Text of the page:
A number of Indian companies have turned increasingly vocal about their inflation concerns, setting the stage for raising prices that could test the central bank’s resolve to keep borrowing costs lower for longer to support the economy.

Companies from Hindustan Unilever, the Indian arm of Unilever, to Nestle India have pointed to profit-squeeze from higher input costs and supply chain strains, while the likes of Dabur India, a maker of packaged honey and hair oil, and Britannia Industries have already passed on some of the increased costs to consumers.

Those increases probably fed into India’s headline inflation, which snapped a four-month slowing trend in October. Data on Friday showed consumer prices rose 4.5 per cent last month, beating economists’ estimate for a gain of 4.4 per cent.

Prices are expected to accelerate further as a higher base of comparison from a year ago fades.

“There is no substitute for price increases in an environment like this,” Varun Berry, managing director at Britannia, told analysts in a post-earnings call this month. “So, we have actioned price increases.”

While several central banks have responded to price pressures by raising interest rates, the Reserve Bank of India has stuck with its inflation-is-transitory narrative as it sees the headline number edging lower on higher food output after a bountiful monsoon.

The expected food price-led moderation in India’s inflation was cited by Governor Shaktikanta Das as reason enough to continue with the easy monetary policy to support what he called a “delicately poised” economic recovery. The RBI’s rate panel is scheduled to meet early next month to review policy settings.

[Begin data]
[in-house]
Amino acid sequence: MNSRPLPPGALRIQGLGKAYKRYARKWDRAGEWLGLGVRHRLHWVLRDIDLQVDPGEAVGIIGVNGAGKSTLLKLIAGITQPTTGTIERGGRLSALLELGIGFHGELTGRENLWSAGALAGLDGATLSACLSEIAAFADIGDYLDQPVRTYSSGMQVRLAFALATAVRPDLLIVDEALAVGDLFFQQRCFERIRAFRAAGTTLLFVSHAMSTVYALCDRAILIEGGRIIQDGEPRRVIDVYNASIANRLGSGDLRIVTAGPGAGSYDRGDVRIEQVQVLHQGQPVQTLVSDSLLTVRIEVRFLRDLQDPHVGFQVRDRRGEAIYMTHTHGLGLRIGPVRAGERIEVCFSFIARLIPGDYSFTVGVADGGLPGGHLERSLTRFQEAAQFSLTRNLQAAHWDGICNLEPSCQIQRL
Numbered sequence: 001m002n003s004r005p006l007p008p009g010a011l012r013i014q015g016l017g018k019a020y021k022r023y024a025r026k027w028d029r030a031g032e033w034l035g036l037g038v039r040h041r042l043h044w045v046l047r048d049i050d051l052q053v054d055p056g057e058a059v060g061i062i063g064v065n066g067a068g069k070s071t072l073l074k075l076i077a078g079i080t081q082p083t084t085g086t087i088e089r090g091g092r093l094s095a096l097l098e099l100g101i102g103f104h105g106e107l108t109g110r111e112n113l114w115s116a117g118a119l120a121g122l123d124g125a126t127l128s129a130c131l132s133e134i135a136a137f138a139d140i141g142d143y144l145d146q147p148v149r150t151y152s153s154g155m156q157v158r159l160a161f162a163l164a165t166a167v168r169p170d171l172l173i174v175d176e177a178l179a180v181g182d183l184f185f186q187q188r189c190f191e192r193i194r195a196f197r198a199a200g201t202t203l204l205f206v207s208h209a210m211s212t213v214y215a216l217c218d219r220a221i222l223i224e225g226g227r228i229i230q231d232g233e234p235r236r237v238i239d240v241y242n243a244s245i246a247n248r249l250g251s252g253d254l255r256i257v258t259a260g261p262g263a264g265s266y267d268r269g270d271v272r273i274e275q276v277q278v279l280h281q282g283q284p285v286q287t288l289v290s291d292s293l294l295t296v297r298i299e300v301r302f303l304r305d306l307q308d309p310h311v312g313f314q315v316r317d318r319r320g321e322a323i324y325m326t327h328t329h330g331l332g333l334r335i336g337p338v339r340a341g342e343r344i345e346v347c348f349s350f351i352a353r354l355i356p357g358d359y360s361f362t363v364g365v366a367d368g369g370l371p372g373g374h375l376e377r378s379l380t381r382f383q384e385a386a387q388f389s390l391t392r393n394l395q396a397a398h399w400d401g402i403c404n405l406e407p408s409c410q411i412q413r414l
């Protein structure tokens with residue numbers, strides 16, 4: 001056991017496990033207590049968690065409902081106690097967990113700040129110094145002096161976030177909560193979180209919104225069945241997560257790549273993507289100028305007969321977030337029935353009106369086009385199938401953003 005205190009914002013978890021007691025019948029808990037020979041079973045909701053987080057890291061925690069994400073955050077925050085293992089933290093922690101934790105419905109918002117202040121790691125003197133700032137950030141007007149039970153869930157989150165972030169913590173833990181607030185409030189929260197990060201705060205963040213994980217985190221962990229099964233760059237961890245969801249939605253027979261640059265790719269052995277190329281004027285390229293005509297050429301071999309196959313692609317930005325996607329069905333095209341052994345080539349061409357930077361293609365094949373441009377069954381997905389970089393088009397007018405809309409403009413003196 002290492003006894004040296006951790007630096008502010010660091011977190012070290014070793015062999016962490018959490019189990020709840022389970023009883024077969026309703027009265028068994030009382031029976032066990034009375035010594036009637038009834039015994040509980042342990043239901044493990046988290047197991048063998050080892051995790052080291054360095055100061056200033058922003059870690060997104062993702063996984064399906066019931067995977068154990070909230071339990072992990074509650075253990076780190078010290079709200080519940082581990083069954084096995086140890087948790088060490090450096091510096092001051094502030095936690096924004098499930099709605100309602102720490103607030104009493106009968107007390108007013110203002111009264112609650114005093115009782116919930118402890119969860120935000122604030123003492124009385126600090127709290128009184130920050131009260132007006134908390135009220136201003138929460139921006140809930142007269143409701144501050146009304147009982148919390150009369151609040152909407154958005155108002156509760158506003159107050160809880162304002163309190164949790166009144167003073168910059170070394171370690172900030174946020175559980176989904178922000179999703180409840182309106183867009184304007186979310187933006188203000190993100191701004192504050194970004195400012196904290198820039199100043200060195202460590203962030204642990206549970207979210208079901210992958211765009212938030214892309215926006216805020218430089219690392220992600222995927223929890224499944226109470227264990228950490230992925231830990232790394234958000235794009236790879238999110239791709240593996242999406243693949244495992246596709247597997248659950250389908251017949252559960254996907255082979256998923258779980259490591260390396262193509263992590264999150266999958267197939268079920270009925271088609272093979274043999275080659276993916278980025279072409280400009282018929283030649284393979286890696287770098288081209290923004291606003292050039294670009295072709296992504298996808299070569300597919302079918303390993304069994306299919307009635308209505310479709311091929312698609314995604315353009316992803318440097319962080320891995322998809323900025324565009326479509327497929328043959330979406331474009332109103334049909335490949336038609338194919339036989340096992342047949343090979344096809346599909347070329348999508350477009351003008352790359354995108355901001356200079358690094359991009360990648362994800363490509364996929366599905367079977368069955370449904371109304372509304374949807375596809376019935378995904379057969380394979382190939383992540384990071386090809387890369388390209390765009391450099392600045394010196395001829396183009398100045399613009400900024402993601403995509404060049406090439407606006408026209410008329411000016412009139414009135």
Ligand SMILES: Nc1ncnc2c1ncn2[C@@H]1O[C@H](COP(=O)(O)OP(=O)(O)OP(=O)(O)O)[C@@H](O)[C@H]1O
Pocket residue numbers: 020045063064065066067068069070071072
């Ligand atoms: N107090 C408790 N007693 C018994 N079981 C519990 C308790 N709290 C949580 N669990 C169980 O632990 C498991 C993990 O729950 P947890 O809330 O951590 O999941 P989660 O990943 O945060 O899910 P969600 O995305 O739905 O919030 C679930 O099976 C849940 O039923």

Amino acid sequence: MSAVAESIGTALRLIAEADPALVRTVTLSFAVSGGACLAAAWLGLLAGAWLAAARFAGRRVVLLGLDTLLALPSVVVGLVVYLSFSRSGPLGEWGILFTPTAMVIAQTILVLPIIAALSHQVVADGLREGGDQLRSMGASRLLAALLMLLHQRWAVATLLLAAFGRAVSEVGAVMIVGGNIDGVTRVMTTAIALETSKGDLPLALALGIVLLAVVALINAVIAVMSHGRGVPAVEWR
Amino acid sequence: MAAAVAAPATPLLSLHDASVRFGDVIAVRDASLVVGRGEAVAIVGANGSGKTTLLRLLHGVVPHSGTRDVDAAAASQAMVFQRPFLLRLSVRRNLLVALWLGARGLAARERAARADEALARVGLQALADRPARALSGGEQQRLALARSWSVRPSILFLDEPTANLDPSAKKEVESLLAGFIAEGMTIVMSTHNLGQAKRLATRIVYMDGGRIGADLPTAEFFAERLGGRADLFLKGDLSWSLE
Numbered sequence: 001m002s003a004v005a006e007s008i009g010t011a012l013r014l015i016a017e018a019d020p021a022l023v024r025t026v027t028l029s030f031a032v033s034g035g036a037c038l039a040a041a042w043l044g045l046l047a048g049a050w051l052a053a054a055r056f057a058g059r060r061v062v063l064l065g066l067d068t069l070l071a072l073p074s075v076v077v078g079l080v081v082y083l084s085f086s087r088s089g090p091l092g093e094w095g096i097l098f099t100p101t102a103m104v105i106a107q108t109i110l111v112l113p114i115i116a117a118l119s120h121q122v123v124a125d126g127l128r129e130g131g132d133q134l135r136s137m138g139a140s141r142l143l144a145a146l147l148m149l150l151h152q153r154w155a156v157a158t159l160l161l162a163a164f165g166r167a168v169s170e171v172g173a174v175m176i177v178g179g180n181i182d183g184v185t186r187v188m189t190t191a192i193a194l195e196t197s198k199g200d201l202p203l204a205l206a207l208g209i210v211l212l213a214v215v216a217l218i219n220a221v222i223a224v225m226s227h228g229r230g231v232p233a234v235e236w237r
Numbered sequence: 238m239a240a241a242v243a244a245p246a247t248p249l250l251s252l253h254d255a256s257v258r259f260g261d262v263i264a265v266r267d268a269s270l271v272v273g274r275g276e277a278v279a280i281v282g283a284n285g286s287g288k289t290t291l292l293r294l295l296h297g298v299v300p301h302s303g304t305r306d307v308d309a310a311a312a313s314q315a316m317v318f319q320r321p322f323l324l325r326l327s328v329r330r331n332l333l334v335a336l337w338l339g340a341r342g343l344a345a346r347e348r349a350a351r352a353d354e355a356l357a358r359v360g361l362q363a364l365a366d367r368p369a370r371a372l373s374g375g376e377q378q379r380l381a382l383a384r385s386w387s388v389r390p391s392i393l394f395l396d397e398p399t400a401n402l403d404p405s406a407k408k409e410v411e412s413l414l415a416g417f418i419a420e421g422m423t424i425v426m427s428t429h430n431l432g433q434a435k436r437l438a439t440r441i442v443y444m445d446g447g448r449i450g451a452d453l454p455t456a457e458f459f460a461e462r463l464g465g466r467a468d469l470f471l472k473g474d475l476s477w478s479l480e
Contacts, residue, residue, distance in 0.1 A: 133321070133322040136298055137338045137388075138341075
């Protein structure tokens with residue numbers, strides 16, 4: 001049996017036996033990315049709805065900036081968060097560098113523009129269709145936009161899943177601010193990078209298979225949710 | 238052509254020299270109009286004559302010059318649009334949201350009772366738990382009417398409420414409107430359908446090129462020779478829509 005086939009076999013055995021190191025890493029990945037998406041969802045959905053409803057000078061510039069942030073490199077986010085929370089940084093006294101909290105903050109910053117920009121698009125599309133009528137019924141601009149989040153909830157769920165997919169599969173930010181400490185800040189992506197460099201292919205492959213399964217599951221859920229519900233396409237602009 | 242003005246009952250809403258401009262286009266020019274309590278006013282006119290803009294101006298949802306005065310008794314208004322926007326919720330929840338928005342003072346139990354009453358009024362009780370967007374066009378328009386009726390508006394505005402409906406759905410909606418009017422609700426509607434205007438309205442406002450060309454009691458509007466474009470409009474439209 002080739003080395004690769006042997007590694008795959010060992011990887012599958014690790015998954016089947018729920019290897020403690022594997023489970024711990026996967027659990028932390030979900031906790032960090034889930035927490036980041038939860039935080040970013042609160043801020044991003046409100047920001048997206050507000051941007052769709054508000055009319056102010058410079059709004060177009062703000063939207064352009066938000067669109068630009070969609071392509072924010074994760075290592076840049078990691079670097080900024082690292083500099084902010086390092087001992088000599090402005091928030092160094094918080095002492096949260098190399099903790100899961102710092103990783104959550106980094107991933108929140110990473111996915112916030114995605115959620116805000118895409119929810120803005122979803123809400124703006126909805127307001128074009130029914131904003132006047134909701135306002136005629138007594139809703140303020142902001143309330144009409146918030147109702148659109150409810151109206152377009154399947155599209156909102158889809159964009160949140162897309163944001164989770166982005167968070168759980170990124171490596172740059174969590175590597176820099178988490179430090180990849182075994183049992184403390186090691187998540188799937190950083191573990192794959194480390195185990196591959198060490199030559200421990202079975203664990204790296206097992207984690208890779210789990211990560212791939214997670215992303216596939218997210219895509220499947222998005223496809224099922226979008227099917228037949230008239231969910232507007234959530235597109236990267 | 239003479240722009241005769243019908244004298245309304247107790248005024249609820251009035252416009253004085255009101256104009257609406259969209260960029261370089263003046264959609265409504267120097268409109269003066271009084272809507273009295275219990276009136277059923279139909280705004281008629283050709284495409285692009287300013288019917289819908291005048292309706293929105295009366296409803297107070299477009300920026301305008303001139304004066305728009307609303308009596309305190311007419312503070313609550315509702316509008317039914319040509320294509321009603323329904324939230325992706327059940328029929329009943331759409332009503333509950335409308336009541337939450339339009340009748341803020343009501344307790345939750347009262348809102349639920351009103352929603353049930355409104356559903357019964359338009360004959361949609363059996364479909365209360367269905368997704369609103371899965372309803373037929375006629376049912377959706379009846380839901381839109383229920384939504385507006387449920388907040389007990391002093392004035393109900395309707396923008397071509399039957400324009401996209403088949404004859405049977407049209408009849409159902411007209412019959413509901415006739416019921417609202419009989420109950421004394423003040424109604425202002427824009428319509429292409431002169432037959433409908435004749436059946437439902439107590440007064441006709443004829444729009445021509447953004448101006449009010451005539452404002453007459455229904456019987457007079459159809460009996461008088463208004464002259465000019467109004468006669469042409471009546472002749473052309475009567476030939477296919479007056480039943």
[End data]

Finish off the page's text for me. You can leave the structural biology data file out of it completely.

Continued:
Although the central bank sees inflation ending at 5.3 per cent for the year to March 2022, well within its 2-6 per cent target range, economists see the headline number hiding persistent price pressures. Last month, the central bank unexpectedly suspended a government-bond purchase programme after surplus funds in the banking system neared a record, posing an upside risk to inflation.

“They at least now look more receptive to the idea that liquidity needs to be withdrawn gradually or at least the short terms rates need to go up,” said Vivek Kumar, an economist at QuantEco Research in Mumbai. “The current inflation number will reinforce that.”

Prime Minister Narendra Modi’s administration last week cut an excise levy on diesel and petrol, with an aim to check inflationary pressures and allow the central bank more room to keep borrowing costs low. The move, according to economists, including those at IDFC First Bank and Yes Bank, would help lower consumer price inflation by 10 to 14 basis points.

Still, a surge in pent-up demand from Indians emerging out of lockdowns could see businesses regain pricing power that could drive inflation faster.

“A substantial rise in prices charged for the provision of services in India had no detrimental impact on demand,” said Pollyanna De Lima, economics associate director at IHS Markit. “That said, service providers were concerned that persistent inflationary pressures could deter growth in the coming year.”

Those are among risks, according to Incred Capital chief economist Jay Shankar, that could turn the RBI hawkish sooner than currently being priced in by markets.

“Regardless of near-term inflation prints, the market is focused on the spillover impact of rising global commodity prices and potential Fed QE tapering on India’s monetary policy,” said Anubhuti Sahay, an economist at Standard Chartered.

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